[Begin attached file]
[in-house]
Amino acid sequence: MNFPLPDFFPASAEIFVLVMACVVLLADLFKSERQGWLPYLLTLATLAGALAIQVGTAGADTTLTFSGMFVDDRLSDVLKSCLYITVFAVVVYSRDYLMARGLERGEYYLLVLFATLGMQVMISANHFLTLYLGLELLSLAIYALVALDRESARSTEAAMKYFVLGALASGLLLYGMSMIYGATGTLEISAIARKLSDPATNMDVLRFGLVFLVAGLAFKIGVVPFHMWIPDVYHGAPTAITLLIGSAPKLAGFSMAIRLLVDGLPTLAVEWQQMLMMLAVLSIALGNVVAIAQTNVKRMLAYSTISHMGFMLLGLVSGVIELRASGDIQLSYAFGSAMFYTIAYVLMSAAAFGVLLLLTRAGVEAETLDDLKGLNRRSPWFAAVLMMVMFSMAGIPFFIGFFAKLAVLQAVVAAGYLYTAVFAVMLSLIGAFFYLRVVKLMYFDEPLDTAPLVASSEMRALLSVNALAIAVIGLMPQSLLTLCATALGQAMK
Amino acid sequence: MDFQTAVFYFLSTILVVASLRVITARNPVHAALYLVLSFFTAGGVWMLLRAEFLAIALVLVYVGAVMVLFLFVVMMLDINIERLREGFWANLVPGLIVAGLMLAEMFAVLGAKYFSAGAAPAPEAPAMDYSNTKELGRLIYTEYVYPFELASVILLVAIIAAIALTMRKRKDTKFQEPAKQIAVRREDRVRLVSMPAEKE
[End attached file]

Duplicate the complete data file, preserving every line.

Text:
[in-house]
Amino acid sequence: MNFPLPDFFPASAEIFVLVMACVVLLADLFKSERQGWLPYLLTLATLAGALAIQVGTAGADTTLTFSGMFVDDRLSDVLKSCLYITVFAVVVYSRDYLMARGLERGEYYLLVLFATLGMQVMISANHFLTLYLGLELLSLAIYALVALDRESARSTEAAMKYFVLGALASGLLLYGMSMIYGATGTLEISAIARKLSDPATNMDVLRFGLVFLVAGLAFKIGVVPFHMWIPDVYHGAPTAITLLIGSAPKLAGFSMAIRLLVDGLPTLAVEWQQMLMMLAVLSIALGNVVAIAQTNVKRMLAYSTISHMGFMLLGLVSGVIELRASGDIQLSYAFGSAMFYTIAYVLMSAAAFGVLLLLTRAGVEAETLDDLKGLNRRSPWFAAVLMMVMFSMAGIPFFIGFFAKLAVLQAVVAAGYLYTAVFAVMLSLIGAFFYLRVVKLMYFDEPLDTAPLVASSEMRALLSVNALAIAVIGLMPQSLLTLCATALGQAMK
Amino acid sequence: MDFQTAVFYFLSTILVVASLRVITARNPVHAALYLVLSFFTAGGVWMLLRAEFLAIALVLVYVGAVMVLFLFVVMMLDINIERLREGFWANLVPGLIVAGLMLAEMFAVLGAKYFSAGAAPAPEAPAMDYSNTKELGRLIYTEYVYPFELASVILLVAIIAAIALTMRKRKDTKFQEPAKQIAVRREDRVRLVSMPAEKE